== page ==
Among the variously salacious, considered and tangential coverage of James Packer’s resignation from Crown for mental health reasons, there was one piece so tawdry that it rankled even veteran paparrazo Jamie Fawcett.
As Packer’s mother Roslyn was preparing to fly out of Sydney airport to be with her son, she was followed by a camera, questioned and filmed as she was pushed in a Qantas wheelchair through the airport, with daughter Gretel at her side.
“I’m a paparazzi and I wouldn’t have gone there even if I had got the info,” Fawcett told Crikey. “When we first heard he was stepping down, people were running around trying to find out where he was, if he was in rehab. But when somebody reaches out and says ‘mental illness’, you back off.”
Save up to 50% on a year of Crikey
Choose what you pay, from $99.
Fawcett said that even though none of the Packer family had specifically asked for privacy, it should be obvious to the press that they should give the family a break.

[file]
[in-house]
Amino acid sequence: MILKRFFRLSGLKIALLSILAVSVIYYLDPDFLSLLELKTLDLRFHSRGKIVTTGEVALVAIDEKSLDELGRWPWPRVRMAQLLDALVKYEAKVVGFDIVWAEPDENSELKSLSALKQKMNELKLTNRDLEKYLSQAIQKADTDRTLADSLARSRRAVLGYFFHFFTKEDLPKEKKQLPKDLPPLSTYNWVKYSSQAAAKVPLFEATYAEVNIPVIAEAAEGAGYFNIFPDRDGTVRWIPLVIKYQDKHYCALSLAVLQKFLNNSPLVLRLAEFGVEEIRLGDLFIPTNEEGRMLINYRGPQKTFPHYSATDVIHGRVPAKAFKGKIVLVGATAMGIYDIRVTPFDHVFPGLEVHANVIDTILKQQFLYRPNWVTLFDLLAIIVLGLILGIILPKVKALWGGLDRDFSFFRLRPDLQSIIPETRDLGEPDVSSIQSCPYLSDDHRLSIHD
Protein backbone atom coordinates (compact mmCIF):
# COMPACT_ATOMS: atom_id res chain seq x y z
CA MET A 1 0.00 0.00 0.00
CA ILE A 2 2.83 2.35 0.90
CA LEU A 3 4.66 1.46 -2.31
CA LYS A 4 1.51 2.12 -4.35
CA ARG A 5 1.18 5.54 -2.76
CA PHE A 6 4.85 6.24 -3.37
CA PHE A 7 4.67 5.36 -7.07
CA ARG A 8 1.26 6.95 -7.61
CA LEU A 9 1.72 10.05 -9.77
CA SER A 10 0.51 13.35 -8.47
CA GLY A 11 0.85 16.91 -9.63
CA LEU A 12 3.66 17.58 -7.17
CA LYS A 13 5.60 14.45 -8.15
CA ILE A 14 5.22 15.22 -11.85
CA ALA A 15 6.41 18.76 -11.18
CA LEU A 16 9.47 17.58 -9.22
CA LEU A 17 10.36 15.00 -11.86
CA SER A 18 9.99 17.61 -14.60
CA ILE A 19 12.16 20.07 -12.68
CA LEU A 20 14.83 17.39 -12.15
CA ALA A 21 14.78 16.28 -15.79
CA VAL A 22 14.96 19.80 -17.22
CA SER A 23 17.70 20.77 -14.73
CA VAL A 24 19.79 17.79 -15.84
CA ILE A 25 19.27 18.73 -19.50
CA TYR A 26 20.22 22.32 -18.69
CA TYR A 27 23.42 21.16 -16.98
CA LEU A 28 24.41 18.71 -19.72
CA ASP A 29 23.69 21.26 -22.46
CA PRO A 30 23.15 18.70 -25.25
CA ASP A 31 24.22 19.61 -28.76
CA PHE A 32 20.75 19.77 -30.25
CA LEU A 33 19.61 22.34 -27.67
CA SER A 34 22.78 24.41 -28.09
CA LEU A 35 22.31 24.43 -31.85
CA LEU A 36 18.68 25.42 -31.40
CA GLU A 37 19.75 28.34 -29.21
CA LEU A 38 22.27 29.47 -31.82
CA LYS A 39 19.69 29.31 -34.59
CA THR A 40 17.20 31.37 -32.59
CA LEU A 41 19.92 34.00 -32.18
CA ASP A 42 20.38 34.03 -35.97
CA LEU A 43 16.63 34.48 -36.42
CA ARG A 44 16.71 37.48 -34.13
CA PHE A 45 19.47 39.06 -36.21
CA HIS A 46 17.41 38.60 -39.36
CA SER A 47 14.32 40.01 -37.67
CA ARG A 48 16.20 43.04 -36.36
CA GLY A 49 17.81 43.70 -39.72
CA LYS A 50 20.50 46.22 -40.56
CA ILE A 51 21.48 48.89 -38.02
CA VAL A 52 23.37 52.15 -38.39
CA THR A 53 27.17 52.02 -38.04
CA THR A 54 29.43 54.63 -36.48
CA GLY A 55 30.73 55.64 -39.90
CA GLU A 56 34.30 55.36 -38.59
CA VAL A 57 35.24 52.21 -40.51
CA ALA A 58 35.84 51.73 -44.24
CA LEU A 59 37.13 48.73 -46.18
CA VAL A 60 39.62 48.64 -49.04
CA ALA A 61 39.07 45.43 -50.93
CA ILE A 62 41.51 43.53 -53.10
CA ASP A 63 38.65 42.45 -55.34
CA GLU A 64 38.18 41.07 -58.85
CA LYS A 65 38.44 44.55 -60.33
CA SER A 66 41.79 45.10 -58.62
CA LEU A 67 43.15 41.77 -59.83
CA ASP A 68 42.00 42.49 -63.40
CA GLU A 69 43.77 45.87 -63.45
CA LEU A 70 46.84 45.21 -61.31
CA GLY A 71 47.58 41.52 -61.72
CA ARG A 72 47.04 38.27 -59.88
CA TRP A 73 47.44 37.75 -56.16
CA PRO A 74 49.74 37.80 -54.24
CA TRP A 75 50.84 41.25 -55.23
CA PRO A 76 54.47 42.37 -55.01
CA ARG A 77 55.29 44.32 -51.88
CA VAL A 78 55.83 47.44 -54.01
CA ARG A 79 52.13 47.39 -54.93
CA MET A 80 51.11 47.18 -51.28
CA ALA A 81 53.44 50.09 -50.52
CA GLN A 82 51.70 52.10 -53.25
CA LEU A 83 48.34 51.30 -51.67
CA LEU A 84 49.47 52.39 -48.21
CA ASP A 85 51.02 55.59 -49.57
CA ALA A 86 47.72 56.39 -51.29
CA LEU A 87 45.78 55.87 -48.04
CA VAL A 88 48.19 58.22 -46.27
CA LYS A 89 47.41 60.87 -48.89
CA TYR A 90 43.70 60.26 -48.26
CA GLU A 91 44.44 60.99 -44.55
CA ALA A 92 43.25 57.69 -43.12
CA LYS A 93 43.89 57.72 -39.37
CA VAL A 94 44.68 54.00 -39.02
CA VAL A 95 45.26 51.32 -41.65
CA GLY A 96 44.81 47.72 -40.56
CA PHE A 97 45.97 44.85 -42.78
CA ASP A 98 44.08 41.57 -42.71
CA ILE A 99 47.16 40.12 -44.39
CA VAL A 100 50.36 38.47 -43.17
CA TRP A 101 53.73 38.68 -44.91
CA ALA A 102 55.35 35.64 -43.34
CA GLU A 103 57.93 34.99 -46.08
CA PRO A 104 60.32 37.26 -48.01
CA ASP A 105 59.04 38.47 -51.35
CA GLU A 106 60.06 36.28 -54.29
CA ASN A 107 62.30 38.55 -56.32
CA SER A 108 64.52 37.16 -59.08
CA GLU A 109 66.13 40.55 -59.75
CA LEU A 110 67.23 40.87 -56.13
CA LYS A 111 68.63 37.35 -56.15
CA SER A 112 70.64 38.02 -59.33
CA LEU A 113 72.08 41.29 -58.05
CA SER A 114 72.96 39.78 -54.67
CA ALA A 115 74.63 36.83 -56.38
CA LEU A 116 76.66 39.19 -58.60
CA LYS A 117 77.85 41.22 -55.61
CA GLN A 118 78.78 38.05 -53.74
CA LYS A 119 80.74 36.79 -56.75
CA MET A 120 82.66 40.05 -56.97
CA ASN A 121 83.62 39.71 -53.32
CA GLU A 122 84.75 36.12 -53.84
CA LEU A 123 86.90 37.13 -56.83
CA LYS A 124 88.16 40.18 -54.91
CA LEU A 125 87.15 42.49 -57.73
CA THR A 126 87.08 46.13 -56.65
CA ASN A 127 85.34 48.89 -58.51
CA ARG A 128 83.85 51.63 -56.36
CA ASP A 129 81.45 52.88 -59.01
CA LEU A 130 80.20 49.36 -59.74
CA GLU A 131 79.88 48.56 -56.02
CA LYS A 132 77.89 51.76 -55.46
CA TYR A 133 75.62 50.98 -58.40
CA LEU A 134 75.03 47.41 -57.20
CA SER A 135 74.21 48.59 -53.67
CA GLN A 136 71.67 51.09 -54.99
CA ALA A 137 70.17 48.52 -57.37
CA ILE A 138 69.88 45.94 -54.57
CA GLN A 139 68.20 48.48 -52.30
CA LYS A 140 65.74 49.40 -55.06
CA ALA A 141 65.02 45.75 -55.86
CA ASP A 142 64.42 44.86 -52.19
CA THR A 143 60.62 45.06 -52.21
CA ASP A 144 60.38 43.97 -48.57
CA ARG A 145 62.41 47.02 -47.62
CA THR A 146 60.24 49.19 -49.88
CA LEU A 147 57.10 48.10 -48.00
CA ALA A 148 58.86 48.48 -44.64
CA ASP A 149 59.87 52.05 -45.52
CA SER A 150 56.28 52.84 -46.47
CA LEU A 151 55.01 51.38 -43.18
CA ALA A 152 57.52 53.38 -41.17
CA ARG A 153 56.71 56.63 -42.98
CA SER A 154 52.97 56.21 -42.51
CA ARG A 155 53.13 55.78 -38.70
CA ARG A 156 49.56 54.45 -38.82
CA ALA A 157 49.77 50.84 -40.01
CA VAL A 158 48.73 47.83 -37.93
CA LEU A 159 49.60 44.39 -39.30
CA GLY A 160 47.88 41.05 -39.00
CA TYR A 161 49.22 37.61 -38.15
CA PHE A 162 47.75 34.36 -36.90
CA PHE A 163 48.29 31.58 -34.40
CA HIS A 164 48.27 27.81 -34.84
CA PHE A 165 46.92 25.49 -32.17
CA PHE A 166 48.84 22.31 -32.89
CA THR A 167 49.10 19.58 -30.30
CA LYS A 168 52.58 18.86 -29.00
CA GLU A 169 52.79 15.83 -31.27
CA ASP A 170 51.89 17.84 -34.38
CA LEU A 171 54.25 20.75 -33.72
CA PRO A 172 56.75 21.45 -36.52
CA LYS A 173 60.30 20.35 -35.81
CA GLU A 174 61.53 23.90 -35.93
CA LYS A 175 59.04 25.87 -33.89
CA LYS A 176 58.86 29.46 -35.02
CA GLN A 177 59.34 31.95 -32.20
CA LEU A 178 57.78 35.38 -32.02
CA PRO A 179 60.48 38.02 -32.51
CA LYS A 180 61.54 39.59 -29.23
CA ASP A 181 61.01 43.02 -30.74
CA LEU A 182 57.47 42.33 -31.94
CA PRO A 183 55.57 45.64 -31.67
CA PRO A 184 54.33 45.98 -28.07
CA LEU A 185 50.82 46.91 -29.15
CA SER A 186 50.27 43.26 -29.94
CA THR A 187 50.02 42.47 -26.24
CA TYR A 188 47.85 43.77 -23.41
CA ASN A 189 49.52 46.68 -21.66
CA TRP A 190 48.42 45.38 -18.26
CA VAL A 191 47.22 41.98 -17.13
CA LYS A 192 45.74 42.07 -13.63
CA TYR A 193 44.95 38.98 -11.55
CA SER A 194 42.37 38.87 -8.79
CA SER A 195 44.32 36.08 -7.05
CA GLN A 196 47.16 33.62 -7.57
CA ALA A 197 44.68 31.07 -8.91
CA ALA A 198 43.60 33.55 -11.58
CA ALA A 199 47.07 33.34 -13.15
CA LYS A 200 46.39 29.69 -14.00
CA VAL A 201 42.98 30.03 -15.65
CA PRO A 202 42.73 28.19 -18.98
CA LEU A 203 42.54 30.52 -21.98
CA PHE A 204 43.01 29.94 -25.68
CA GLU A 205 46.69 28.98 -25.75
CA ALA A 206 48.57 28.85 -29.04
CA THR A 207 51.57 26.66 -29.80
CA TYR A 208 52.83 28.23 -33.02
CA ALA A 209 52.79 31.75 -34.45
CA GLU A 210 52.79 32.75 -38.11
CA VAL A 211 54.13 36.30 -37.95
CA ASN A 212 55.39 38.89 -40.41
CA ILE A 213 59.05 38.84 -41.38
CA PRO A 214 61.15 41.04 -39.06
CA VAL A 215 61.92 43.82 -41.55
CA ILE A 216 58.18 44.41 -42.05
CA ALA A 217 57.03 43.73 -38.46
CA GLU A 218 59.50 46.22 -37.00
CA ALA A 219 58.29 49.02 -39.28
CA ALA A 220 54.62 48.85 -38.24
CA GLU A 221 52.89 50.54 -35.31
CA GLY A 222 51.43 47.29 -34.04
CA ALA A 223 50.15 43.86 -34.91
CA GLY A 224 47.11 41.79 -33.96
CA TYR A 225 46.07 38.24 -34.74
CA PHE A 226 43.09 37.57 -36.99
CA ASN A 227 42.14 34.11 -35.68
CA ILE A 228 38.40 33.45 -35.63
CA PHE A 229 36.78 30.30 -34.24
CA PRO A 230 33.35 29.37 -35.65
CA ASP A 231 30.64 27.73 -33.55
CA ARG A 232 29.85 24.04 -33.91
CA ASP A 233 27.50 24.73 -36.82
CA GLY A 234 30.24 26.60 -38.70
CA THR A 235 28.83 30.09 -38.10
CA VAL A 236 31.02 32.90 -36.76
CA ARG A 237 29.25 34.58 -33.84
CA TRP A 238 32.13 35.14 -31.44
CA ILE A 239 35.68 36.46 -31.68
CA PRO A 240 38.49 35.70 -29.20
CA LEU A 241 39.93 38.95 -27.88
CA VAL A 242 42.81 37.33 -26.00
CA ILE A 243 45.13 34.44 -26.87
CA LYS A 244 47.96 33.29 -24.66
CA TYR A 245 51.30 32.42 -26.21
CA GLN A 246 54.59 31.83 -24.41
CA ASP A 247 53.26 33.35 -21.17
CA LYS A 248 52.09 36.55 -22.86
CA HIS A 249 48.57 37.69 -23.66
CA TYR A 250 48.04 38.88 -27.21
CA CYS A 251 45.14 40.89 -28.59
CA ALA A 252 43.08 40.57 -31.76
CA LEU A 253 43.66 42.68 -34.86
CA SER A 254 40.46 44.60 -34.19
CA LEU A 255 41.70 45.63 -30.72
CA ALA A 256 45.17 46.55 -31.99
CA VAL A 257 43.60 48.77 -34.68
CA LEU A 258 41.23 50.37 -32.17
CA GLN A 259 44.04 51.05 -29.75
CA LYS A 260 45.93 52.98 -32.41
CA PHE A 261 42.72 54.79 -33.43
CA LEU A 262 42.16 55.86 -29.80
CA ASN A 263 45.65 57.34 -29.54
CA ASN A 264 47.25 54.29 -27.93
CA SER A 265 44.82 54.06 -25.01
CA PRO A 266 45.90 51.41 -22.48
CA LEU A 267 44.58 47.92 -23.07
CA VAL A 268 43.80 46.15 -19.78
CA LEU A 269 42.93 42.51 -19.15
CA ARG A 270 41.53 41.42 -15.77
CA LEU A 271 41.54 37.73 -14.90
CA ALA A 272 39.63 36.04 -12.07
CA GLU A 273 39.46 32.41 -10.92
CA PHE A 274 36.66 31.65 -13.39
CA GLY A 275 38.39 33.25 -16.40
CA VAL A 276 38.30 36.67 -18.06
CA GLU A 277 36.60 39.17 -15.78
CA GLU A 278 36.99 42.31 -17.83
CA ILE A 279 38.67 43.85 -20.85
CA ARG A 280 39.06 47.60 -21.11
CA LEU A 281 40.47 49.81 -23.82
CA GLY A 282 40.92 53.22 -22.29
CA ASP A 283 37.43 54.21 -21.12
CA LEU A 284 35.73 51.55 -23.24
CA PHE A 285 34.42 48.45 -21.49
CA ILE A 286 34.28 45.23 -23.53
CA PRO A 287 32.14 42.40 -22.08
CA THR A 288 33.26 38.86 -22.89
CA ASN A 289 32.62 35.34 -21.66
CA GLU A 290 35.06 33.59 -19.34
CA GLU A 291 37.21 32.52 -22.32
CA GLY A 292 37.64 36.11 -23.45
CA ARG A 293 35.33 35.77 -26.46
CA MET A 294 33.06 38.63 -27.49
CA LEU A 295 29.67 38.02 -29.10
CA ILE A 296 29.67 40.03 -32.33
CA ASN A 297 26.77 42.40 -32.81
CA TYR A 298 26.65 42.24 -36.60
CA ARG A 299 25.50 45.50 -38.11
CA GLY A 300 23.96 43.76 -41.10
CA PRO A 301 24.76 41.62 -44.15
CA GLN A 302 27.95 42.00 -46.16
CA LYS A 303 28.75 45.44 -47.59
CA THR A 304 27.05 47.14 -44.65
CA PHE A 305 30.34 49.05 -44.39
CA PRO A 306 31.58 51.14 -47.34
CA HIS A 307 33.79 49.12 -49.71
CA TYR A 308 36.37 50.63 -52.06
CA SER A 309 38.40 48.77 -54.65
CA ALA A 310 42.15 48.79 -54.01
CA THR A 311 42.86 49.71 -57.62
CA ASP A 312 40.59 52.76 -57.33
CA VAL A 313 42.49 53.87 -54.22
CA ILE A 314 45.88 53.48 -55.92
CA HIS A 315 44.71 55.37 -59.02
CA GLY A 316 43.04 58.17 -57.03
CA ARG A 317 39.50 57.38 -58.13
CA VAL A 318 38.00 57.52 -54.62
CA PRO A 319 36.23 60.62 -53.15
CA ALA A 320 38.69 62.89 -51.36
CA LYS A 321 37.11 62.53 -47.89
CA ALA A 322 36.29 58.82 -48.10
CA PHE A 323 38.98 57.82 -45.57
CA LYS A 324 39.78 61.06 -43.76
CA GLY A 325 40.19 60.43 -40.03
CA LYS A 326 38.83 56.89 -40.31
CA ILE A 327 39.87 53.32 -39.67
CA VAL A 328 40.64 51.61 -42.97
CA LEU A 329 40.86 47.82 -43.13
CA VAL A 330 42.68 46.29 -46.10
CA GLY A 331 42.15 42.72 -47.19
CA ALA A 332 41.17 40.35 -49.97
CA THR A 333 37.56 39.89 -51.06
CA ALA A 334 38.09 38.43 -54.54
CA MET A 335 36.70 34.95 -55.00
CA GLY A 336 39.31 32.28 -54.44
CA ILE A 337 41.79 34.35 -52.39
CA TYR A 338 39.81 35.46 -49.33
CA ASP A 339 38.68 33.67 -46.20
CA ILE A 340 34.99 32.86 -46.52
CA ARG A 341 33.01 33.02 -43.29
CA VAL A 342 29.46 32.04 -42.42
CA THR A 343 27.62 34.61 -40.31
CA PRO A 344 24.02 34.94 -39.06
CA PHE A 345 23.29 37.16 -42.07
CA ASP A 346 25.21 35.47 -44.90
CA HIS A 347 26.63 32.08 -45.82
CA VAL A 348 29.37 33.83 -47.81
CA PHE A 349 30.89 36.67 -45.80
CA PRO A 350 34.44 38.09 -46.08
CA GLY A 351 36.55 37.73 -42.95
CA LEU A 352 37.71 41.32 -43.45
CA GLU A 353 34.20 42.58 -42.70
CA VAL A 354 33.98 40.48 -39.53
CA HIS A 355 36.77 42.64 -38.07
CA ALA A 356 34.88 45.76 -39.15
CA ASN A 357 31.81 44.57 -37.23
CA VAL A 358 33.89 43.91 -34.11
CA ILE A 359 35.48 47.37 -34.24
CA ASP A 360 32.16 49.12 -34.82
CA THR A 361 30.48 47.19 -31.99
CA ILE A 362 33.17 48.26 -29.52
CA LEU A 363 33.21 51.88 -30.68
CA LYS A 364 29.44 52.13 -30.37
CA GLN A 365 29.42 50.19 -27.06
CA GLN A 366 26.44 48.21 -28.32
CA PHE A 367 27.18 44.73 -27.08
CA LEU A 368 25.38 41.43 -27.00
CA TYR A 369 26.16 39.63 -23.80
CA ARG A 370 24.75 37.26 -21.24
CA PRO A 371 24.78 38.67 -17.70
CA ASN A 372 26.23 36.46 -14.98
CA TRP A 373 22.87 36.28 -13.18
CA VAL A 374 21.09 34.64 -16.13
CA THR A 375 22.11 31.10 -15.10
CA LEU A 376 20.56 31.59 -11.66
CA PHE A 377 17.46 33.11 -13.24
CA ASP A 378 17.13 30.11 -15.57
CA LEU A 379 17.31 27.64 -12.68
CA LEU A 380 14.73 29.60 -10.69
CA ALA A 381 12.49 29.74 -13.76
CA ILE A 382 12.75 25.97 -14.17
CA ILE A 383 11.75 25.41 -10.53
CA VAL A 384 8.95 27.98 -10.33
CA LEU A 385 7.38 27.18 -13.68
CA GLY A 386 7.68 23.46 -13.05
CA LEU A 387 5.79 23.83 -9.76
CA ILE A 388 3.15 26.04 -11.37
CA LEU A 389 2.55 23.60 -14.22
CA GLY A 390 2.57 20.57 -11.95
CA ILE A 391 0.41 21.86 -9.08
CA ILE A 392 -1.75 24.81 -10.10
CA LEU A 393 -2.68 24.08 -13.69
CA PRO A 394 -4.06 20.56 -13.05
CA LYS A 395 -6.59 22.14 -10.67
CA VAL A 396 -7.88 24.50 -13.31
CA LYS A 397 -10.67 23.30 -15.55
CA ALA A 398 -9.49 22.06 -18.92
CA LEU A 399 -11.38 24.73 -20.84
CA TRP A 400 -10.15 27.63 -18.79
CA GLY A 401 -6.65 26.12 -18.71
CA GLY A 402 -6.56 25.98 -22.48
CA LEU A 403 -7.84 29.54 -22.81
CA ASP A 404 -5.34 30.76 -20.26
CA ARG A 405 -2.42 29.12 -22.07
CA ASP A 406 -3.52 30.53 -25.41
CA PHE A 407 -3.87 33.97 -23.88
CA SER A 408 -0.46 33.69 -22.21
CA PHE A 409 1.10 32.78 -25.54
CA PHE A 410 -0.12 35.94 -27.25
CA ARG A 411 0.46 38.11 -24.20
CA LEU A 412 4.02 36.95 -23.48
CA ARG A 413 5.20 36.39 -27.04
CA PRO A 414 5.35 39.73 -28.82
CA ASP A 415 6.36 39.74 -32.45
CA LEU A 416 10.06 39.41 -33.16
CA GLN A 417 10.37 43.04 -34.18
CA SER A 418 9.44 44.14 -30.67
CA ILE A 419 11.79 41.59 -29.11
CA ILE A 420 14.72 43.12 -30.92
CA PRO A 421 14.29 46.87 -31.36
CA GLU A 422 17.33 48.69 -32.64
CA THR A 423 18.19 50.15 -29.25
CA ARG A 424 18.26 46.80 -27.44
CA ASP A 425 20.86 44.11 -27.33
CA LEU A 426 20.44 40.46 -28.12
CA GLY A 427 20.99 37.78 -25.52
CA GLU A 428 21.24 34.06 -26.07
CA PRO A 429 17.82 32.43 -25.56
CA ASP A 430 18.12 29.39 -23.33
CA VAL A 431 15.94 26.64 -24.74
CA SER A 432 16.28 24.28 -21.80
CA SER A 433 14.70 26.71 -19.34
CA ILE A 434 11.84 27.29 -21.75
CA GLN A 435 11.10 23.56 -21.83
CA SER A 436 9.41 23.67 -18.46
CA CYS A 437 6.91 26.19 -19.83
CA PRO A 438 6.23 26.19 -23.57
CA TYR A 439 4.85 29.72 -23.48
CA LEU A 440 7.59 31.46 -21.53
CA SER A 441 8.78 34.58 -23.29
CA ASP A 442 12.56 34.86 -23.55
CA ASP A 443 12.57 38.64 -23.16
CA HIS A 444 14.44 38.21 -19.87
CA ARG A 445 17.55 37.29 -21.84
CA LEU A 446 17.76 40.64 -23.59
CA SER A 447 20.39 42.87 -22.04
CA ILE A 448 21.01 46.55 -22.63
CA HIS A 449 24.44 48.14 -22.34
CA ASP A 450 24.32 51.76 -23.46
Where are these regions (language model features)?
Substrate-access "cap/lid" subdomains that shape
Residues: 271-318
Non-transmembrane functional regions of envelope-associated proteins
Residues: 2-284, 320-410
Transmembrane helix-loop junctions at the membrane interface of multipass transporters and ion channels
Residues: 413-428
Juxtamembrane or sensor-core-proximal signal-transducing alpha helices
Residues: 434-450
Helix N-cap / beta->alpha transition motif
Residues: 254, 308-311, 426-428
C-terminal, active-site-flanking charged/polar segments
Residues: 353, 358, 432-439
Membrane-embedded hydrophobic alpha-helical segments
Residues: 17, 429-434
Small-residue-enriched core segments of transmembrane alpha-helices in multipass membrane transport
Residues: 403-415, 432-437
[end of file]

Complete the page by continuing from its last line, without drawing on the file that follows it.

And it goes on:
“I’ve chased Packer a lot. I’ve photographed him with his girlfriends. I’ve been photographing Ros for over 30 years. But there’s a time to back off, and now’s the time,” he said.
Fawcett also questioned how the photographer knew the flight details, referencing revelations earlier this year that paparazzi had access to flight manifestos in order to track down and photograph celebrities. A Qantas spokeswoman said in a statement: “The confidentiality and security of any passenger information is paramount. It’s a responsibility we and our suppliers take very seriously. If breaches are reported to us, we will immediately act upon them including referring them to the authorities.”
“Ros’s network is so tight, and she’s not a celebrity. These aren’t people who are craving publicity. No one’s asking for privacy, but come on,” Fawcett said.
Daily Mail Australia has today published pictures of Roslyn Packer arriving in Los Angeles, again in a wheelchair.
Yesterday, Marc Bryant, program manager for Everymind, which manages the Mindframe initiative, told Crikey that the media should be wary of how they approach family and carers in cases like the Packers’, especially after the initial story has been covered.
“We hope the media, like they have when they’ve covered other well known figures, there’s a time when it’s time to turn the media lens away to allow them time to recover, both for the figure and their friends and carers,” he said.
Nine, which published the video yesterday afternoon, did not respond to Crikey’s request for comment before deadline.